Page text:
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Branson backs change

Branson backs change

It takes half a million steps to walk from Dubbo to Sydney – the distance a person in regional New South Wales may have to travel just to reach the drug treatment they need. In October 2018, Uniting are launching the Long Walk to Treatment. Together we’re walking step by step from Dubbo to Sydney to create a new path for drug reform and deliver a policy document that brings care closer to home.

Now Sir Richard Branson is adding his voice. As a member of the Global Commission on Drug Policy he is drawing the line on drug policy. “It’s something I couldn’t agree with more. We’ve just got to get drug policy changed in Australia.”

Branson backs change to policy so that drug addiction is treated as a health problem and not a criminal problem. He hopes that all Australians will get the fair treatment they deserve.

Marion wishes her son had fair treatment

Marion McConnell’s son did all the things that most kids do – he was an active, young man. One night, he overdosed on heroin. At the hospital, the police questioned him like they were criminals. Unfortunately, this frightened him away from the help that was available and he overdosed again. This time he was on his own. Marion thinks her son’s death was avoidable if it had been treated as a health issue instead of a criminal justice issue. She wants the law to change so that we can do all we can to keep our kids alive.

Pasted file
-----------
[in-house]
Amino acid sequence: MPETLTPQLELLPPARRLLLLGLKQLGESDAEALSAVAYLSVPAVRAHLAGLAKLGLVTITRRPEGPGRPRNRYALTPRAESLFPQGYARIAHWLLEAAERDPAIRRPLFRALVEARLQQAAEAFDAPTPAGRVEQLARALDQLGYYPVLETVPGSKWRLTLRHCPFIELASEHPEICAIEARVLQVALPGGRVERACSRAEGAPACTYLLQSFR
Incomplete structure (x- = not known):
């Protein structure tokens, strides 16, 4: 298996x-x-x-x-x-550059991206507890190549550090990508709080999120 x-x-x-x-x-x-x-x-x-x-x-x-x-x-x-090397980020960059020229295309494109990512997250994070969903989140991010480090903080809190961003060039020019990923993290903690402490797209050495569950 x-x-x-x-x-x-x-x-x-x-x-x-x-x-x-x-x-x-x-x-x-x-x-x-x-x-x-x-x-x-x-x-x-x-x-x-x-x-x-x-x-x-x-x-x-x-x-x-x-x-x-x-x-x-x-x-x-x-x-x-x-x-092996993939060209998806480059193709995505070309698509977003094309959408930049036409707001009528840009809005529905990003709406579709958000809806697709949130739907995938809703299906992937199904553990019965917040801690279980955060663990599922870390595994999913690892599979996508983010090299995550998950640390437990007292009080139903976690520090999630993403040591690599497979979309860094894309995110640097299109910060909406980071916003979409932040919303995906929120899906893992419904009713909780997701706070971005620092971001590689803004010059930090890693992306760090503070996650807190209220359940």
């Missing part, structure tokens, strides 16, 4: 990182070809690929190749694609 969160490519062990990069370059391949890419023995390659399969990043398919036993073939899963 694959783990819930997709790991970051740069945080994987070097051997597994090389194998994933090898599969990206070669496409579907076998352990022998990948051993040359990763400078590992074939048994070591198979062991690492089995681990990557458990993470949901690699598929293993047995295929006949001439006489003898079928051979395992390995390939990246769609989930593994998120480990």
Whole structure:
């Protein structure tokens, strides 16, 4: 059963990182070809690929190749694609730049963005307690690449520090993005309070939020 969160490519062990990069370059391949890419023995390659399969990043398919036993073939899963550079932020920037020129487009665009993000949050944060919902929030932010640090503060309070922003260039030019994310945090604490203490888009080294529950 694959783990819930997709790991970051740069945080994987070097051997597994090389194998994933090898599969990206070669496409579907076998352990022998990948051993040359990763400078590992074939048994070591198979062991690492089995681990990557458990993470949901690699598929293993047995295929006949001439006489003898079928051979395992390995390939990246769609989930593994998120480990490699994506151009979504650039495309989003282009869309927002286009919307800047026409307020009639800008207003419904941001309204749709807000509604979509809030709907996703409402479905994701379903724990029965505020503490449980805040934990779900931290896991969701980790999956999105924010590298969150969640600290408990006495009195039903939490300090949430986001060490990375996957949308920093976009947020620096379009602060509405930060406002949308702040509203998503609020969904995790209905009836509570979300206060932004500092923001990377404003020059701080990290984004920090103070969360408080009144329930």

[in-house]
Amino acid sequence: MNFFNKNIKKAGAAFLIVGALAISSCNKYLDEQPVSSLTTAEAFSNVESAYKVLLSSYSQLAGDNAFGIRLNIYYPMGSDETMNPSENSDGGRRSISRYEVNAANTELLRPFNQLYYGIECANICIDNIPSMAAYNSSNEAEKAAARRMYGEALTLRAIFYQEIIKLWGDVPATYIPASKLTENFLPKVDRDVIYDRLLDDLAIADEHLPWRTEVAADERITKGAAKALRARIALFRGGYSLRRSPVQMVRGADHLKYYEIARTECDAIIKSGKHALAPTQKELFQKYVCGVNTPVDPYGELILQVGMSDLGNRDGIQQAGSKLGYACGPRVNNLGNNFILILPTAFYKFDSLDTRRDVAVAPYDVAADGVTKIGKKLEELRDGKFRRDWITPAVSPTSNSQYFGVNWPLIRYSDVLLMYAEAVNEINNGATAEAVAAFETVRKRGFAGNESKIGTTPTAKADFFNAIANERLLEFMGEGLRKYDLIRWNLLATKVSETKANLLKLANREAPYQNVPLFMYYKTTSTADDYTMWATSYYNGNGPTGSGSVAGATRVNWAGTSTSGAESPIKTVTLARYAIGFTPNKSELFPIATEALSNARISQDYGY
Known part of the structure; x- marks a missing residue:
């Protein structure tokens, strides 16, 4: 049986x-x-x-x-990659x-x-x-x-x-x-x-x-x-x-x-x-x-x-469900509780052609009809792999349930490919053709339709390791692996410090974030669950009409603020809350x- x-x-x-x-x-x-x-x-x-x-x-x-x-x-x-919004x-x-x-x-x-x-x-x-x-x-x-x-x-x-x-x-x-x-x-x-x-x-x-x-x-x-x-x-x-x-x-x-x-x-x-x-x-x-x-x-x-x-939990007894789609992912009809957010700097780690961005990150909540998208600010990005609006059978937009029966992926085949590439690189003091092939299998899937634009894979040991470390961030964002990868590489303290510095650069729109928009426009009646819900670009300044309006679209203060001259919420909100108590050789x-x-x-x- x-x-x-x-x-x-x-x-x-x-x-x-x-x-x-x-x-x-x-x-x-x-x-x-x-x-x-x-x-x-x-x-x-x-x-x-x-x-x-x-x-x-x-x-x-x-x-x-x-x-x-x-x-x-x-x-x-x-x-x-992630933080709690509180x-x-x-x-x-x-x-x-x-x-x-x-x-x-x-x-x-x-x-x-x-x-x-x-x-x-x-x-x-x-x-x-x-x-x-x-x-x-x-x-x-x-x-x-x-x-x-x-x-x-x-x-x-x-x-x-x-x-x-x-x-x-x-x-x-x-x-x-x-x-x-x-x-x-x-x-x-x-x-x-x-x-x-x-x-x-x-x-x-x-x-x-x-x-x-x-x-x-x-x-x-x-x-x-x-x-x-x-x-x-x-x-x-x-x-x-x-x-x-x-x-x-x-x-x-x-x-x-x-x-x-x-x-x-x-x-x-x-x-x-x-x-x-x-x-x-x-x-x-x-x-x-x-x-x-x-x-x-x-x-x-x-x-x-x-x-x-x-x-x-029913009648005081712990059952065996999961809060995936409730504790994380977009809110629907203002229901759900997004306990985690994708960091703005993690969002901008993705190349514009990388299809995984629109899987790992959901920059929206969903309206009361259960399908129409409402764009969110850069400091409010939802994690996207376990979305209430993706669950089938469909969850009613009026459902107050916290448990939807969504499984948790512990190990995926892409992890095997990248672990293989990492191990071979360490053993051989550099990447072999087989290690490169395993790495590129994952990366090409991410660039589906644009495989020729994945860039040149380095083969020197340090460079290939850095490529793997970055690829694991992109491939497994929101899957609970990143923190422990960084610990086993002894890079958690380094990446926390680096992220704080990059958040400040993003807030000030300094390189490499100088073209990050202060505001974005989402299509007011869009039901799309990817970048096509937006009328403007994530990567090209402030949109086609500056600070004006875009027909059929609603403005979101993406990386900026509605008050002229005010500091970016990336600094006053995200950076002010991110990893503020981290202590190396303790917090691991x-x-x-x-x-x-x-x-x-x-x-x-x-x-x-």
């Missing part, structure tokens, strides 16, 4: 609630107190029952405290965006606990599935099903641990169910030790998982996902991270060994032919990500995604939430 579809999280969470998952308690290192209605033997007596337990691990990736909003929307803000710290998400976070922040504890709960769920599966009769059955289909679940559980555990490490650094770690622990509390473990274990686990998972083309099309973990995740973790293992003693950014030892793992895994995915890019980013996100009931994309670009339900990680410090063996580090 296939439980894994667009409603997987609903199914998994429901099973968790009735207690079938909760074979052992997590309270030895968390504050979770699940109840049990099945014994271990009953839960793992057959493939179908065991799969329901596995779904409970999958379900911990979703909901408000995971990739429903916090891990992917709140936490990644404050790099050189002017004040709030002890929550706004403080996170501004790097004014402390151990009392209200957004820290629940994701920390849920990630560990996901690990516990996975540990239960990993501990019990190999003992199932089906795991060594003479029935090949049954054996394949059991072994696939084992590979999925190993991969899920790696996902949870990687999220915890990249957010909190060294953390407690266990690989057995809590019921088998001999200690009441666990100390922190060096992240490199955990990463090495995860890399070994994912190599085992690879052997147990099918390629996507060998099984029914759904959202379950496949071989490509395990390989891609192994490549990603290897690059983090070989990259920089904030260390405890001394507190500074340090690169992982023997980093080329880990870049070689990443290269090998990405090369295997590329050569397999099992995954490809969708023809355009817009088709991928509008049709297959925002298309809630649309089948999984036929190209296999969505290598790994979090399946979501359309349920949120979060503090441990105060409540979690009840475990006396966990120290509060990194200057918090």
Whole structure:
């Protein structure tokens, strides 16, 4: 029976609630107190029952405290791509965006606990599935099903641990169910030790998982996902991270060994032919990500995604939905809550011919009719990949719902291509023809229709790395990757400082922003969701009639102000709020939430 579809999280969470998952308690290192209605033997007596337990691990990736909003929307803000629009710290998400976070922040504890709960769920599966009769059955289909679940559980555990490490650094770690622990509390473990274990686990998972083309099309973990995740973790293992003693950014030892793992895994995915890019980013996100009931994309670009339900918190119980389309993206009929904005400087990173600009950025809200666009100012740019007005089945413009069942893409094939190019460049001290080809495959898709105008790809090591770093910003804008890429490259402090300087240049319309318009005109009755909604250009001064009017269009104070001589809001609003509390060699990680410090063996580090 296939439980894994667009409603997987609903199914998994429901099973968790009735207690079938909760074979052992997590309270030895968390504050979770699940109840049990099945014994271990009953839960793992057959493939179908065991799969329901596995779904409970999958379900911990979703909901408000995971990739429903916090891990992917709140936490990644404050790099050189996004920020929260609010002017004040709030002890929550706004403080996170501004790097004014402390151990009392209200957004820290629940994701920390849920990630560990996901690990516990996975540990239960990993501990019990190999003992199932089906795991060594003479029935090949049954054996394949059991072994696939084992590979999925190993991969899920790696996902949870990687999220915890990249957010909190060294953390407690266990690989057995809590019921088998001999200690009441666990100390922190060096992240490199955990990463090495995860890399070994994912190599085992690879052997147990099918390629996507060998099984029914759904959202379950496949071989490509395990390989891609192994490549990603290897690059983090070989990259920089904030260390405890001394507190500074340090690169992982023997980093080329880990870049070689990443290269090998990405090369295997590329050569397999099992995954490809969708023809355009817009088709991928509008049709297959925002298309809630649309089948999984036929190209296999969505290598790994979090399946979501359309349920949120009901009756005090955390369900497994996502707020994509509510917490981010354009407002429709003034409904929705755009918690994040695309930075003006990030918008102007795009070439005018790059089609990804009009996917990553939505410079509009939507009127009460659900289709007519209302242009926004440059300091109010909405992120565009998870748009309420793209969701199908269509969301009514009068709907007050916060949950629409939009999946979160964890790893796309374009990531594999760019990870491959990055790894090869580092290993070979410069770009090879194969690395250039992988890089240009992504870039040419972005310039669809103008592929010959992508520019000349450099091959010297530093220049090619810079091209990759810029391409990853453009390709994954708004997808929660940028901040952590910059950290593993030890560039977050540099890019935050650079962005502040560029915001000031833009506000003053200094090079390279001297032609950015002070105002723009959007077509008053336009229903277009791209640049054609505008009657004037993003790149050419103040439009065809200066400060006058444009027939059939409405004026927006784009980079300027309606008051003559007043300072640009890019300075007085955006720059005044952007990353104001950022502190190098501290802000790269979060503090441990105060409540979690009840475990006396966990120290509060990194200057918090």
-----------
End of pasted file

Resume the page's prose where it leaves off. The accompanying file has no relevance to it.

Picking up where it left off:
“They were doing the job that the law had told them to do. But the law was wrong.”

Liz calls for Fair Treatment

Liz Gal is a mother who has been in recovery for over 8 years. At the Uniting Medically Supervised Injecting Centre, she was saved from an overdose. It took her months to get accepted into a women and children’s program, where she got hope for the first time in her life. Now she speaks for her friends who are dying from addiction while waiting for treatment.

“If there were treatment centres for everyone who needed it, I would be the happiest person in the world”

Shantells Long Walk To Treatment

Shantell wants to be the best mum she can be. But when you have two kids and must travel 400km to get the treatment you need, down days can be hard. She shares her story on how drugs changed the person she was and the long walk to treatment she had to take to get the help she needed.

“I really want to get off drugs. I don’t want to feel like this anymore”